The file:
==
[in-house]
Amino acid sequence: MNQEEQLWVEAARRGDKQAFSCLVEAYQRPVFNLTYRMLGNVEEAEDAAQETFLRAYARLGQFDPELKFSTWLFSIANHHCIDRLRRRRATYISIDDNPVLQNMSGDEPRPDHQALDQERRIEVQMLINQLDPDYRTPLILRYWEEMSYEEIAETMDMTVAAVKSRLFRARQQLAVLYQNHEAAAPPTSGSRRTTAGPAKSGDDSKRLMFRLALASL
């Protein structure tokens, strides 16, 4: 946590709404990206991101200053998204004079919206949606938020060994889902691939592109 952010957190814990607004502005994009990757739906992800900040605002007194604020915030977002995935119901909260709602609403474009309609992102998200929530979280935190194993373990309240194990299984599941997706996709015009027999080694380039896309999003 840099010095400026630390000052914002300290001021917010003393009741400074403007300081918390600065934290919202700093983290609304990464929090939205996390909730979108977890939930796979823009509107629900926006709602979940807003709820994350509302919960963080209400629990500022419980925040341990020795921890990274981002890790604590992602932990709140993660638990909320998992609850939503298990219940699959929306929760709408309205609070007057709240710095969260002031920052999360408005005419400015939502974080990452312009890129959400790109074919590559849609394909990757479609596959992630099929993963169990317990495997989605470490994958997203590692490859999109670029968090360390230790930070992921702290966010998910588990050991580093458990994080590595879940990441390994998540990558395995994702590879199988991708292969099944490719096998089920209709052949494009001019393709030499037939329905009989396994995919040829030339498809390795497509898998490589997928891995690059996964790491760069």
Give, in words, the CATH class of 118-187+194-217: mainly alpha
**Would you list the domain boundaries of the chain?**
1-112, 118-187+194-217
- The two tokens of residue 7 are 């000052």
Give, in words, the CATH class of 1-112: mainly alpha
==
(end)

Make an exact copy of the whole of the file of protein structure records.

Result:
[in-house]
Amino acid sequence: MNQEEQLWVEAARRGDKQAFSCLVEAYQRPVFNLTYRMLGNVEEAEDAAQETFLRAYARLGQFDPELKFSTWLFSIANHHCIDRLRRRRATYISIDDNPVLQNMSGDEPRPDHQALDQERRIEVQMLINQLDPDYRTPLILRYWEEMSYEEIAETMDMTVAAVKSRLFRARQQLAVLYQNHEAAAPPTSGSRRTTAGPAKSGDDSKRLMFRLALASL
């Protein structure tokens, strides 16, 4: 946590709404990206991101200053998204004079919206949606938020060994889902691939592109 952010957190814990607004502005994009990757739906992800900040605002007194604020915030977002995935119901909260709602609403474009309609992102998200929530979280935190194993373990309240194990299984599941997706996709015009027999080694380039896309999003 840099010095400026630390000052914002300290001021917010003393009741400074403007300081918390600065934290919202700093983290609304990464929090939205996390909730979108977890939930796979823009509107629900926006709602979940807003709820994350509302919960963080209400629990500022419980925040341990020795921890990274981002890790604590992602932990709140993660638990909320998992609850939503298990219940699959929306929760709408309205609070007057709240710095969260002031920052999360408005005419400015939502974080990452312009890129959400790109074919590559849609394909990757479609596959992630099929993963169990317990495997989605470490994958997203590692490859999109670029968090360390230790930070992921702290966010998910588990050991580093458990994080590595879940990441390994998540990558395995994702590879199988991708292969099944490719096998089920209709052949494009001019393709030499037939329905009989396994995919040829030339498809390795497509898998490589997928891995690059996964790491760069």
Give, in words, the CATH class of 118-187+194-217: mainly alpha
**Would you list the domain boundaries of the chain?**
1-112, 118-187+194-217
- The two tokens of residue 7 are 């000052």
Give, in words, the CATH class of 1-112: mainly alpha